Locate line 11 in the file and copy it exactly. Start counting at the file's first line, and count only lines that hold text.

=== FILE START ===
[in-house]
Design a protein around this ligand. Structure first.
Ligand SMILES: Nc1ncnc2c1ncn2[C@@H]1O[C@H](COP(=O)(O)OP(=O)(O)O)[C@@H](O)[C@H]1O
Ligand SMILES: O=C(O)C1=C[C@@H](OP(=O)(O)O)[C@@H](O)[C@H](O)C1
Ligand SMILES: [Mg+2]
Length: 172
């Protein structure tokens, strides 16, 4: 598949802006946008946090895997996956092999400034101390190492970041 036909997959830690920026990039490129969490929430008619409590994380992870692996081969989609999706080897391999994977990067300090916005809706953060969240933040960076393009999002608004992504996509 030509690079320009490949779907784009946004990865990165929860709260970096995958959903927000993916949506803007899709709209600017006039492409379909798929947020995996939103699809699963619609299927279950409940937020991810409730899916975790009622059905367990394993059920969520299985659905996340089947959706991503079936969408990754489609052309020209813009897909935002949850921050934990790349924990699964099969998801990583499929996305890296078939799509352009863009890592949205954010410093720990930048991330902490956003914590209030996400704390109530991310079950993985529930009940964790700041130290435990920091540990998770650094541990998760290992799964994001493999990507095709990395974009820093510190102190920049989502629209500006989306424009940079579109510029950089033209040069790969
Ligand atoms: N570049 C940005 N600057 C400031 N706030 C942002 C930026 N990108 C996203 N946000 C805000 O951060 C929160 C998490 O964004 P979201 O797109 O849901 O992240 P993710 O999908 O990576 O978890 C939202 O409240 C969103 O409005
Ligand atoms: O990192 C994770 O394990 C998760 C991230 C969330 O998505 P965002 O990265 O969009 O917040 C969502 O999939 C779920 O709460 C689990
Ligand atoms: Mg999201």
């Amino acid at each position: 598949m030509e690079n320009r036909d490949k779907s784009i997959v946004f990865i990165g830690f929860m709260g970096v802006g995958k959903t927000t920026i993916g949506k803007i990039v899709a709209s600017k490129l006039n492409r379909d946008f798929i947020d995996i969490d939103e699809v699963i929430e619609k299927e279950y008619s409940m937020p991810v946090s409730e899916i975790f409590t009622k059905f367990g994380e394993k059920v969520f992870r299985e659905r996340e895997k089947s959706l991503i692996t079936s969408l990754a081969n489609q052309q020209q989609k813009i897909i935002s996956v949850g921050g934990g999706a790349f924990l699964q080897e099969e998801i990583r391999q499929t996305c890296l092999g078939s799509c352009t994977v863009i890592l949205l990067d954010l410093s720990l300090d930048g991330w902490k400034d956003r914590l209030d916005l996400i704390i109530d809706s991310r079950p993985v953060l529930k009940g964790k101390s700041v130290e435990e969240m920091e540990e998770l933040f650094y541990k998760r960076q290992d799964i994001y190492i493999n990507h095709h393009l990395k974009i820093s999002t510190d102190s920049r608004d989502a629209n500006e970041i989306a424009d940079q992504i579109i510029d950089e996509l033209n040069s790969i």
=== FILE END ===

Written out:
């Amino acid at each position: 598949m030509e690079n320009r036909d490949k779907s784009i997959v946004f990865i990165g830690f929860m709260g970096v802006g995958k959903t927000t920026i993916g949506k803007i990039v899709a709209s600017k490129l006039n492409r379909d946008f798929i947020d995996i969490d939103e699809v699963i929430e619609k299927e279950y008619s409940m937020p991810v946090s409730e899916i975790f409590t009622k059905f367990g994380e394993k059920v969520f992870r299985e659905r996340e895997k089947s959706l991503i692996t079936s969408l990754a081969n489609q052309q020209q989609k813009i897909i935002s996956v949850g921050g934990g999706a790349f924990l699964q080897e099969e998801i990583r391999q499929t996305c890296l092999g078939s799509c352009t994977v863009i890592l949205l990067d954010l410093s720990l300090d930048g991330w902490k400034d956003r914590l209030d916005l996400i704390i109530d809706s991310r079950p993985v953060l529930k009940g964790k101390s700041v130290e435990e969240m920091e540990e998770l933040f650094y541990k998760r960076q290992d799964i994001y190492i493999n990507h095709h393009l990395k974009i820093s999002t510190d102190s920049r608004d989502a629209n500006e970041i989306a424009d940079q992504i579109i510029d950089e996509l033209n040069s790969i």